Chapter honors local heroes, commemorates 100 years

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A spread of warm biscuits, fresh fruit, fluffy eggs, and steamy coffee greeted the guests who entered The Rose Hill Plantation Conference Center early June 1 for the Red Cross Northeastern NC Chapter Centennial Breakfast.

The breakfast celebrated the chapter’s centennial and recognized local volunteers with “HERO Awards.” Recipients demonstrated the seven fundamental principles of the American Red Cross: Humanity, Impartiality, Neutrality, Independence, Voluntary Service, Unity and Universality.

This year’s recipients include: Dr. Richard G. Michal, Jean Bailey, the Rocky Mount Fire Department’s Swiftwater Rescue Team & Hilo Aquatic Rescue Team, and the United Way Tar River Region.

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Ann Mosley presents the Norma Turnage Award to Jean Bailey, Thursday, June. 1, 2017.  (Photo by Garry Hodges)

Michal received the Red Cross HERO Award, commemorating his service both in the local community and internationally.

“He gives back so much behind the scenes that people don’t see,” said Amanda Bell, Michal’s colleague.

The Norma Turnage Award, presented to Jean Bailey,  a female leader in the community dedicated to the growth and sustainability of the local Red Cross.

“[Bailey] has been the most loyal and dedicated leader for 50 years,” said Ann Mosley, Red Cross board member.

The Community Hero Award recipients included the Rocky Mount Fire Department’s Swiftwater Rescue Team & Hilo Aquatic Rescue Team, and the United Way Tar River Region for their long-standing services to the community and for their recent contributions to the Hurricane Matthew response.

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The Centennial Breakfast took place at The Rose Hill Plantation and Conference Center, Thursday, June 1, 2017. (Photo by Garry Hodges)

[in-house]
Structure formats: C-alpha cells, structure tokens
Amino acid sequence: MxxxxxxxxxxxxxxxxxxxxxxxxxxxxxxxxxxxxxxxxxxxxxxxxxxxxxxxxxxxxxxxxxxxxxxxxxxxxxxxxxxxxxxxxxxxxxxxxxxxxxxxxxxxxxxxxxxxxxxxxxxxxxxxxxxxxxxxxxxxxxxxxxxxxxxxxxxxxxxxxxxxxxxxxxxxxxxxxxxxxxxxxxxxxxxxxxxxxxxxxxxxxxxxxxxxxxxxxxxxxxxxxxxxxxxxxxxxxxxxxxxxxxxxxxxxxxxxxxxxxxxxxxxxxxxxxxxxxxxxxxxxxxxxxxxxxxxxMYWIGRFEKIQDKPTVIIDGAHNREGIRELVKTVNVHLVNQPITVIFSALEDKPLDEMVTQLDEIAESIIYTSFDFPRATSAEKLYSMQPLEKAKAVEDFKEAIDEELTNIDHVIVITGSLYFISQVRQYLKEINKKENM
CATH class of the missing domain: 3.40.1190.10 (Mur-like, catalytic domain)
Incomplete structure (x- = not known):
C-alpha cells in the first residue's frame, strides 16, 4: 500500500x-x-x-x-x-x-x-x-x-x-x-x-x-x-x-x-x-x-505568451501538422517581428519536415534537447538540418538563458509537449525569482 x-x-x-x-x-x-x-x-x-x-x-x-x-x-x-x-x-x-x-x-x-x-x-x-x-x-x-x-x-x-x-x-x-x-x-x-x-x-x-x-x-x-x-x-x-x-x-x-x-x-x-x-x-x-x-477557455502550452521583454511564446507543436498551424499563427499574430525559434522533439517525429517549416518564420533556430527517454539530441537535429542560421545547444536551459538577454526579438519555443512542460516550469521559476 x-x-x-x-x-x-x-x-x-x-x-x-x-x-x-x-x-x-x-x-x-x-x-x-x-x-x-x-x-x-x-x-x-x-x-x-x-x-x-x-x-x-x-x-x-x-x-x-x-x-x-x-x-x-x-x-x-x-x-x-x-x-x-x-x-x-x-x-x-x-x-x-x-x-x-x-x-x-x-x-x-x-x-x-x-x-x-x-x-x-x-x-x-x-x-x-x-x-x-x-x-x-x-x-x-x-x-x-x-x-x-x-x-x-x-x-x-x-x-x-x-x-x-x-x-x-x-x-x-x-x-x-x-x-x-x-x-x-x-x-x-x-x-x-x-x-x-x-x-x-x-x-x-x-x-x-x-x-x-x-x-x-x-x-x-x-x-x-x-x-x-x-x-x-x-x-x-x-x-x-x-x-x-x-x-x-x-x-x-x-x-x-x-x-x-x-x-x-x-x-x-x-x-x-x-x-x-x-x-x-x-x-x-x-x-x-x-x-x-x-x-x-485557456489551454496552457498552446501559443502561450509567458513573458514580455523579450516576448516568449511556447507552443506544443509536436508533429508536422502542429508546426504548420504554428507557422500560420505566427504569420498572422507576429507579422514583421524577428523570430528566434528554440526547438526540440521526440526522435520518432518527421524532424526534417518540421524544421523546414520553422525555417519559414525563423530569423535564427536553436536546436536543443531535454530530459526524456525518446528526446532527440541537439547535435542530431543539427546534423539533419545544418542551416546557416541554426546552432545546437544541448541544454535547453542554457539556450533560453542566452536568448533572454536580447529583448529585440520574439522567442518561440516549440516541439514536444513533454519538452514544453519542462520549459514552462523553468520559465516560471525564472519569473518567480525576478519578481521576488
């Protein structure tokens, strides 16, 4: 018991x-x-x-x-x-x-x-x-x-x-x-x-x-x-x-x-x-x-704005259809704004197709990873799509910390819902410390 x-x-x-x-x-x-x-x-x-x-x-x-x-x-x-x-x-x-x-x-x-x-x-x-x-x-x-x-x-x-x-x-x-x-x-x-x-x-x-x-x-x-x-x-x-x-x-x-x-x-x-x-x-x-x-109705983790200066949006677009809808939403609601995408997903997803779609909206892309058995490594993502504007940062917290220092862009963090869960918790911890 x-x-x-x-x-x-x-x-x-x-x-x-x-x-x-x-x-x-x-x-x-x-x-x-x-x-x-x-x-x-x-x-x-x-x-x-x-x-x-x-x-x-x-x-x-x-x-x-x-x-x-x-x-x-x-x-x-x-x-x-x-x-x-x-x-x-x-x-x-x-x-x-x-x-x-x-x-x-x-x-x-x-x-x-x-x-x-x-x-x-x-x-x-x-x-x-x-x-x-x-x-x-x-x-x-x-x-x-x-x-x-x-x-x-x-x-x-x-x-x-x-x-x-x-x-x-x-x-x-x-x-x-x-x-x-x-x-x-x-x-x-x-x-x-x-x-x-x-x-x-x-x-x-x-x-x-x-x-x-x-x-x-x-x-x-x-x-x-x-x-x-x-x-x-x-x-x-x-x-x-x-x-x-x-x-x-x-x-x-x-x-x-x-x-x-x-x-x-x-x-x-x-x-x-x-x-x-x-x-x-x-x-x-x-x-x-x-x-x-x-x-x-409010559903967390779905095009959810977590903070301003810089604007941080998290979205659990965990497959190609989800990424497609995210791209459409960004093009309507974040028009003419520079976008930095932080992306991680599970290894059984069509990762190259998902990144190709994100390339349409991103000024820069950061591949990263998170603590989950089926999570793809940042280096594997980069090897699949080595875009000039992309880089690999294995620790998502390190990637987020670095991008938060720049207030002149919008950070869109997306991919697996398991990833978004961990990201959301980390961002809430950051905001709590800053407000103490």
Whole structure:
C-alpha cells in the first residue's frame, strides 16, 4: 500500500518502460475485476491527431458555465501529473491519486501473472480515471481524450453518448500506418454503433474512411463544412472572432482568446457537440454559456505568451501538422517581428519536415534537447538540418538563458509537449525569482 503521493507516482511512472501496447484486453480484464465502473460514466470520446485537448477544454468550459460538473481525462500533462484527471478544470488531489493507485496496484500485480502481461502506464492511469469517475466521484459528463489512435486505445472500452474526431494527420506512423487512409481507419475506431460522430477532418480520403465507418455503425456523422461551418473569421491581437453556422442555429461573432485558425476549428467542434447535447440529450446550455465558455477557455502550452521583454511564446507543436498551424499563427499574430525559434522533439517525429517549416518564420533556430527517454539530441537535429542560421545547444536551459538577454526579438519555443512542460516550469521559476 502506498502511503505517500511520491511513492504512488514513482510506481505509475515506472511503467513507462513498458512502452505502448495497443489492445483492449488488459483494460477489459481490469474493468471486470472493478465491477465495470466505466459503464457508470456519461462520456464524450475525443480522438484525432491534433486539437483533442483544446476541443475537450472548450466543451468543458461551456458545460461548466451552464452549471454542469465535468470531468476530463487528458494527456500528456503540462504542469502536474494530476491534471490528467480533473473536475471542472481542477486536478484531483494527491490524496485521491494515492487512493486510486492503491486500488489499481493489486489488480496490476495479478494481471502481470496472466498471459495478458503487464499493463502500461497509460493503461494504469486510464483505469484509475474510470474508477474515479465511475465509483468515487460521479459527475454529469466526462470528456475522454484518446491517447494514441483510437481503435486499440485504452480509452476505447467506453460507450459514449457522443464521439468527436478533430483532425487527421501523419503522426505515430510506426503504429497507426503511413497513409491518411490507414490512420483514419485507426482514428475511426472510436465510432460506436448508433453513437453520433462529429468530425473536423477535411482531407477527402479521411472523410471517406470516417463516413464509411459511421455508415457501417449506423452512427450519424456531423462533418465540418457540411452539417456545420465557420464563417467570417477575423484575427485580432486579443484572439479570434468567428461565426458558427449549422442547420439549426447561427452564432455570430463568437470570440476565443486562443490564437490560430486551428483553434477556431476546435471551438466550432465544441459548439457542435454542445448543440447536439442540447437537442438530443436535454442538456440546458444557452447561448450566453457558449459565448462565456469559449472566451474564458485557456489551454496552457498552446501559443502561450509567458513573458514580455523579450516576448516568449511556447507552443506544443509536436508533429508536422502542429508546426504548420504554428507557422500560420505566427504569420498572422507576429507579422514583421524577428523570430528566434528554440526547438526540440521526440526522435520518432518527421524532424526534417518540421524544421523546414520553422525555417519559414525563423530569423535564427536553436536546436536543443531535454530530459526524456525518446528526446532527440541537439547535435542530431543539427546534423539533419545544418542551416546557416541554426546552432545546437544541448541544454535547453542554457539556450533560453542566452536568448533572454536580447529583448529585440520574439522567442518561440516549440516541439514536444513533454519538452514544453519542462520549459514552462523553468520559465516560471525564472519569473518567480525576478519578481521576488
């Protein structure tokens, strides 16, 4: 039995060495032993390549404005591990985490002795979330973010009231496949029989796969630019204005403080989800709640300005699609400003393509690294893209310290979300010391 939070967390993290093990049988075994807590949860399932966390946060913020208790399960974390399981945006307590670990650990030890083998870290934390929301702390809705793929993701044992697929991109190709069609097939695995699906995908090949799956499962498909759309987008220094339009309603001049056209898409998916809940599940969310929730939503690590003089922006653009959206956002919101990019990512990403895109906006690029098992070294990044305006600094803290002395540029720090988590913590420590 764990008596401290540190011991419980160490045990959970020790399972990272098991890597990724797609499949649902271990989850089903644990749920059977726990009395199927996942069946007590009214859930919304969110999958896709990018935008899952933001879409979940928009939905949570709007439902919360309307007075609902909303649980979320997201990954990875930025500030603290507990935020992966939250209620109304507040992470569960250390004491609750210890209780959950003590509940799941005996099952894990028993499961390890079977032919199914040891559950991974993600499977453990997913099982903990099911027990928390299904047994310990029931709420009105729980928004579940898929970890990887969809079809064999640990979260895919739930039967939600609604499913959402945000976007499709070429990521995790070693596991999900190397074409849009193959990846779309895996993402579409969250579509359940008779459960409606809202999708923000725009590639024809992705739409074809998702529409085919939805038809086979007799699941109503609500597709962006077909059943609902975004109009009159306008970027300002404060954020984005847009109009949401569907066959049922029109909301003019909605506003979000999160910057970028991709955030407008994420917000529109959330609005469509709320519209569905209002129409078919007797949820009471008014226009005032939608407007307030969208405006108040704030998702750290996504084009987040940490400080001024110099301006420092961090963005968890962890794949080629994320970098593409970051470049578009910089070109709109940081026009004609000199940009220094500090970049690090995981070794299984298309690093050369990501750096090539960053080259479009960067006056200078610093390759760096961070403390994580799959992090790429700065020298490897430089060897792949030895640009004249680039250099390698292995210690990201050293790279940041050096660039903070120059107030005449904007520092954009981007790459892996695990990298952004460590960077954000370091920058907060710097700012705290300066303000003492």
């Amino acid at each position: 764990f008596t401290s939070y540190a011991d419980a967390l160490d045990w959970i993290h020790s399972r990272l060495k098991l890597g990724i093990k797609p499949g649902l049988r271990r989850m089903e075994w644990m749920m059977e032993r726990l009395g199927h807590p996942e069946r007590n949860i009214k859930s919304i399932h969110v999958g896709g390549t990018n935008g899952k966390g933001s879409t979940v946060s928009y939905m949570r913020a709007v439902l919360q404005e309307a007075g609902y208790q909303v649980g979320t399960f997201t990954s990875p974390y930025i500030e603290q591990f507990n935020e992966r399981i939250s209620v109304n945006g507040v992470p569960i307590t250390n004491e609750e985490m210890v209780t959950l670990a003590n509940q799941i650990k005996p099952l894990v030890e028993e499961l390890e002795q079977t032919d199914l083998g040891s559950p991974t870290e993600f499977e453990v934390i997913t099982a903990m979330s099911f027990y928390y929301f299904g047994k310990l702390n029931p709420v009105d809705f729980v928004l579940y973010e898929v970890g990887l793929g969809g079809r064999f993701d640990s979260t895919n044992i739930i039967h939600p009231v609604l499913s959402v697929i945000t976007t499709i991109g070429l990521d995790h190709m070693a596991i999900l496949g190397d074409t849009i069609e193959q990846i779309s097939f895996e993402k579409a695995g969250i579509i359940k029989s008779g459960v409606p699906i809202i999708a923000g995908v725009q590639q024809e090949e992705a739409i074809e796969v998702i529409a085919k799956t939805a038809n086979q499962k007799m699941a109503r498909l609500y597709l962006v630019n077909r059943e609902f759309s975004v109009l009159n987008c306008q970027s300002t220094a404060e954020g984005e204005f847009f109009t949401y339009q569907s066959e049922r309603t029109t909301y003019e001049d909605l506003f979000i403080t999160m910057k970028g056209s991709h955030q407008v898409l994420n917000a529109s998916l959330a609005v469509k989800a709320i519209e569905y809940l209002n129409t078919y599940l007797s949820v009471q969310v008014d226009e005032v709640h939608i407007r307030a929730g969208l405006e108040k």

“It’s humbling to receive this award, but it’s part of our job,”said Chad Pridgon, member of the Swiftwater Rescue Team.

Along with honoring the services of those in the community, the event also marked the 100 year anniversary of the Northeastern NC Chapter. The chapter has served the community through disaster services; blood collection; health and safety classes; and services to the armed forces. Barry Porter, CEO of the Eastern North Carolina region of the Red Cross, began the morning with a remembrance of the founding heroes Henri Dunant and Clara Barton.

Last year, the Northeastern NC Chapter collected 24,418 pints of blood, conducted 331 emergency services for those in the military community, trained about 3,500 people in preparedness courses, and responded to an estimated 270 disasters, including one of the worst disasters in North Carolina: Hurricane Matthew.

The event served as a formal thank you to both the past and present heroes, volunteers and staff alike, who have carried out the Red Cross mission for the past century.

Story by Andrea Gulley/American Red Cross

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Volunteering Spans Generations for Arizona Family